for by the Revised Statutes, title 53, § 4515, by receiving on board, on that day, three seamen named in the libel, who had been engaged and supplied as such seamen contrary to the provisions of that title, in this, that he "did not then and there, before proceeding on said voyage from Boston to South Amboy, make a contract in writing, or in print, with said seamen," etc. In another count it is alleged that on the second day of December, 1879, further penalties were incurred by the act of the master in receiving two seamen before proceeding on a similar voyage, then and there about to be undertaken, without having made the requisite written or printed The answer admits the material averments of fact, and denj"R the inferences of law. The Revised Statutes have brought together in one title the several acts concerning merchant seamen, and section 4515 declares that if any master, mate, or other officer of vessel, knowingly receives or accepts, to be entered on board of any merchant vessel, any seaman who has been engaged or supplied contrary to the provisions of that title, the vessel on board which any such seaman shall be found, shall, for every such seaman, be liable to a penalty of not more than $200. The asserted illegality of the engagement of the five seamen, for which a penalty not exceeding $1,000 is here sued for, consists in a breach of the Revised Statutes, §§ ·1520 and 4521, which require every master of a vessel above 50 tons burden, bound from a port of one state to a port in any other than an adjoining state, to make a contract in writin,; or in print with every seaman; and declare that if any master shall "carry out" any seaman, without such contract being first made, the seaman shall have the highest rate of wages and certain other rights, and the master shall he liable to a penalty of $20 for every such seaman, one-half for the United States, and one-half for the common informer. These sections represent what remained of the law of 1790, after the statute of 1872 was passed. The most obvious remark upon the information is that it does not allege that the master "carried out" any seamen; there is no averment of any performed voyage, but only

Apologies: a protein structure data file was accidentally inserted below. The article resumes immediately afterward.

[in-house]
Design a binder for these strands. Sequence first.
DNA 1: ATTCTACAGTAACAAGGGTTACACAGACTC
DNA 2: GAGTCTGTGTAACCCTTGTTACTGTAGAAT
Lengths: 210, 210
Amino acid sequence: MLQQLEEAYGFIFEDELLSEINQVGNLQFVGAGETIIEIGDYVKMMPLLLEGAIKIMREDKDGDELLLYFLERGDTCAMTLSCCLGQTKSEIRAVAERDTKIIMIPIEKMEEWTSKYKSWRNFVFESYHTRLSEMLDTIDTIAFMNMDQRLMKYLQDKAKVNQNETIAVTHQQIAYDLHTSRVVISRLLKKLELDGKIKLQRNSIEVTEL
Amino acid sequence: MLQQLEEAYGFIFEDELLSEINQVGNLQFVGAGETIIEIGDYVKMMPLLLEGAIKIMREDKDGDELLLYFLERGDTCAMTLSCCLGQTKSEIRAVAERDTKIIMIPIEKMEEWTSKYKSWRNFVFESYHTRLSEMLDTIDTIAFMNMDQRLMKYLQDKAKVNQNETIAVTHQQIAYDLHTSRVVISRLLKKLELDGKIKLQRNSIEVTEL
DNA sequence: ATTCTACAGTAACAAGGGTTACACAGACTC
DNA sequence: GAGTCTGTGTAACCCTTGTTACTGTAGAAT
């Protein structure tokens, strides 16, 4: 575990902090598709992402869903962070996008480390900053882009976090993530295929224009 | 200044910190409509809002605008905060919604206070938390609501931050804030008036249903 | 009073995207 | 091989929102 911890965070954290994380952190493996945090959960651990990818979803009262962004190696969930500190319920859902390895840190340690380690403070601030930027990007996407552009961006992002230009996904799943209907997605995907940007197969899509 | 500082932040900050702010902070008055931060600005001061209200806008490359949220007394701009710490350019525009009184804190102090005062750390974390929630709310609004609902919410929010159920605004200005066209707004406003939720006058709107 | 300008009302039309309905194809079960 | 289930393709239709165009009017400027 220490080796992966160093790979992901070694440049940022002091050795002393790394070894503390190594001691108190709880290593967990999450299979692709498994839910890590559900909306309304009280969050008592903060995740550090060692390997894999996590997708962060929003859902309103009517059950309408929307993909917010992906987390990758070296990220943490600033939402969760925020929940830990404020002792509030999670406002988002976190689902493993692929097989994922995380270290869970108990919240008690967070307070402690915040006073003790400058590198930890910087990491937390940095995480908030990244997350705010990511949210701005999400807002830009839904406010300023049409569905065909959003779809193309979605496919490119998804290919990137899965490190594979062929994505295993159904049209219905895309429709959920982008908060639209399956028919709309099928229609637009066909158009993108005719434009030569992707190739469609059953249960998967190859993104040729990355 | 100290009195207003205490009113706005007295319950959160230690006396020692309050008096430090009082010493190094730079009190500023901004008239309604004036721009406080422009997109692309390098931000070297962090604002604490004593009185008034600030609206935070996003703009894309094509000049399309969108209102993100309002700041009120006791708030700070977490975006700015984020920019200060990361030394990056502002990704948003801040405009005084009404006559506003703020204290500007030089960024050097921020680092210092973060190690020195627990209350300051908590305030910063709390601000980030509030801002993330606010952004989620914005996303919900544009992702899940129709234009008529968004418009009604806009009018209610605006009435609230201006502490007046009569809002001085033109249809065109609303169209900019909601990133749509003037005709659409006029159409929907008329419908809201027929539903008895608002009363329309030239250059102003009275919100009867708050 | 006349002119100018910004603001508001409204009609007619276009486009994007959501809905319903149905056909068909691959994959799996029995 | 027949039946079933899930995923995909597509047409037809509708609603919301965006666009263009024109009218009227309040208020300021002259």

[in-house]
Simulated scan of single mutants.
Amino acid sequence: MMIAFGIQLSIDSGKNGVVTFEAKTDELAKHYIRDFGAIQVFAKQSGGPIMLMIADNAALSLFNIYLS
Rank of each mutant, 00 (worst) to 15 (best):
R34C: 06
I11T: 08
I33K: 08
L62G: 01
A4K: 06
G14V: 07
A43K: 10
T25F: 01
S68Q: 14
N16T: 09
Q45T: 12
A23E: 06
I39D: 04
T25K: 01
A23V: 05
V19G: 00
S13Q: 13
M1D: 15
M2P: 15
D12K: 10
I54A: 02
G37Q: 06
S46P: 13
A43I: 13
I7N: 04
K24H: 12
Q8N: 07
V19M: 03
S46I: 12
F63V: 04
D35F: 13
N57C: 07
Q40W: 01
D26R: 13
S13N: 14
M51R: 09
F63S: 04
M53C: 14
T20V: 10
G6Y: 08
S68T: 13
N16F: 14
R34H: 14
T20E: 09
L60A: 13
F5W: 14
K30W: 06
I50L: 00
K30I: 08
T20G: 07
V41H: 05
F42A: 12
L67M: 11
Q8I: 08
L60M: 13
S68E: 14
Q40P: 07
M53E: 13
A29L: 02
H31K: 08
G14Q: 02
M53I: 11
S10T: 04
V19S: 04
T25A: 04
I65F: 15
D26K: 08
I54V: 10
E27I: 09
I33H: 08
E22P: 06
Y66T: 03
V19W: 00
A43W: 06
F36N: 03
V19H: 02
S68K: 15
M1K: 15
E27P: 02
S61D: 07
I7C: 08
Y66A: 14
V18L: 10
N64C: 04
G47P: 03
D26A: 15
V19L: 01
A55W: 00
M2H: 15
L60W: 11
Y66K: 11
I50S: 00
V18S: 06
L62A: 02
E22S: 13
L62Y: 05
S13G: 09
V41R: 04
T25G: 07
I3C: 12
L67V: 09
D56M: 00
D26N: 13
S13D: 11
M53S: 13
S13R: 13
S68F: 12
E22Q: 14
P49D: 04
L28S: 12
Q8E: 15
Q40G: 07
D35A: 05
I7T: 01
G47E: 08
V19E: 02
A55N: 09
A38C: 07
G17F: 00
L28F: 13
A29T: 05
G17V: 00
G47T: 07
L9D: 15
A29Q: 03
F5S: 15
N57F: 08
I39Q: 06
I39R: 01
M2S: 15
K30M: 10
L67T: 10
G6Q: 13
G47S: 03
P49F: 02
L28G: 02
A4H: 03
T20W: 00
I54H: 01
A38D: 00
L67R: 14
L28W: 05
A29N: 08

UNITED STATES 11. THE mOMAS W. RAT.IllN.